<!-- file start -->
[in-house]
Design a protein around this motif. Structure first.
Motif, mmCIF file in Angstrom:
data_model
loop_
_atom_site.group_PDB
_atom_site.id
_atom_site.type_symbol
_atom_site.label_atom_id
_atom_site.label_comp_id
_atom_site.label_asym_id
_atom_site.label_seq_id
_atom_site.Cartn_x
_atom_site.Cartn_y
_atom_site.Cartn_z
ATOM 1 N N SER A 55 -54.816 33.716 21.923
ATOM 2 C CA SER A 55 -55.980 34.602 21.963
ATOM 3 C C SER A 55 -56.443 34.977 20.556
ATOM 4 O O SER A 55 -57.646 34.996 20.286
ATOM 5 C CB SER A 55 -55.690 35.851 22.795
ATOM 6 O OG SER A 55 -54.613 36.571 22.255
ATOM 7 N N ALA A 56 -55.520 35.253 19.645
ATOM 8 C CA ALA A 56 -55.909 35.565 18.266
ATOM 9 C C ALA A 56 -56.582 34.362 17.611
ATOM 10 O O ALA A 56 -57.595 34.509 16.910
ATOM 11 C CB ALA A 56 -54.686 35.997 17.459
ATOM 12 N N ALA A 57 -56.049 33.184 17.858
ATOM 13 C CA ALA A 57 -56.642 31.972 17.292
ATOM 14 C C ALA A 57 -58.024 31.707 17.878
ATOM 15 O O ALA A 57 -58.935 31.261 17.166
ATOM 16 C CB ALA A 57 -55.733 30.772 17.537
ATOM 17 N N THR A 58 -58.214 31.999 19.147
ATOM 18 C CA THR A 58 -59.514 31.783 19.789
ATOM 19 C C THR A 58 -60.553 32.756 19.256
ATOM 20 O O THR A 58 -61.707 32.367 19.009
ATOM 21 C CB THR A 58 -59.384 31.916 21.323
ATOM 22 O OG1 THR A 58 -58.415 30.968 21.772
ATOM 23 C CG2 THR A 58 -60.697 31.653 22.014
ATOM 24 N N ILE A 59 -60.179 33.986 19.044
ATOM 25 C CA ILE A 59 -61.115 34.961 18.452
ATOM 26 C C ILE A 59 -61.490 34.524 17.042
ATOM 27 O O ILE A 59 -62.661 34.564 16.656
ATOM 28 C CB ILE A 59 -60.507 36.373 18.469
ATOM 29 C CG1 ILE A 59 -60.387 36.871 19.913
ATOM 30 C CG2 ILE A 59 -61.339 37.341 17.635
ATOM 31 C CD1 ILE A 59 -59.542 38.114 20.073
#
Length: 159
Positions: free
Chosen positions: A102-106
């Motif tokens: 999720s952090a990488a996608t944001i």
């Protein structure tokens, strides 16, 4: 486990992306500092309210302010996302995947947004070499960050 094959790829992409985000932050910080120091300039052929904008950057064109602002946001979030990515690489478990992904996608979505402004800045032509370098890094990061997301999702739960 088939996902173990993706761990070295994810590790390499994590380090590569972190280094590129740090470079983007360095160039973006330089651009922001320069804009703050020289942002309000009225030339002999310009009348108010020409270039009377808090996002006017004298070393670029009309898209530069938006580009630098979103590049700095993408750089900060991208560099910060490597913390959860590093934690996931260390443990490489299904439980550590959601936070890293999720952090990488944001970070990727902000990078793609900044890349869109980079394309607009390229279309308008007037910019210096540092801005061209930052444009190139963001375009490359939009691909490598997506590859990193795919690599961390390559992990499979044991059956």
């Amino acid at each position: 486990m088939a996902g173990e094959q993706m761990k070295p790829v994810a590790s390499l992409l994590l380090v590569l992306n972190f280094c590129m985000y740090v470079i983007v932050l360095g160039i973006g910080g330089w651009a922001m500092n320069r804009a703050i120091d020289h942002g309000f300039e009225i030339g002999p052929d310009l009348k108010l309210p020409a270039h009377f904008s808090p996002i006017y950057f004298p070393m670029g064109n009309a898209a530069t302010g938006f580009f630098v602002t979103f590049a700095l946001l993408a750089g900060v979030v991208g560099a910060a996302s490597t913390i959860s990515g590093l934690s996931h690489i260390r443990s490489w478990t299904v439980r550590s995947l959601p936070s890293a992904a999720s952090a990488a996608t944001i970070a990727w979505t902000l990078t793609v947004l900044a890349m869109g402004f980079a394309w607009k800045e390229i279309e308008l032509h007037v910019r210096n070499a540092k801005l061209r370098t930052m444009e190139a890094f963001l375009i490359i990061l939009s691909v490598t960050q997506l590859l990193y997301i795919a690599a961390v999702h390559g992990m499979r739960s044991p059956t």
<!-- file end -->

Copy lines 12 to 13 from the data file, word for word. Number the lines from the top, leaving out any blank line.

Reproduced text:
_atom_site.label_seq_id
_atom_site.Cartn_x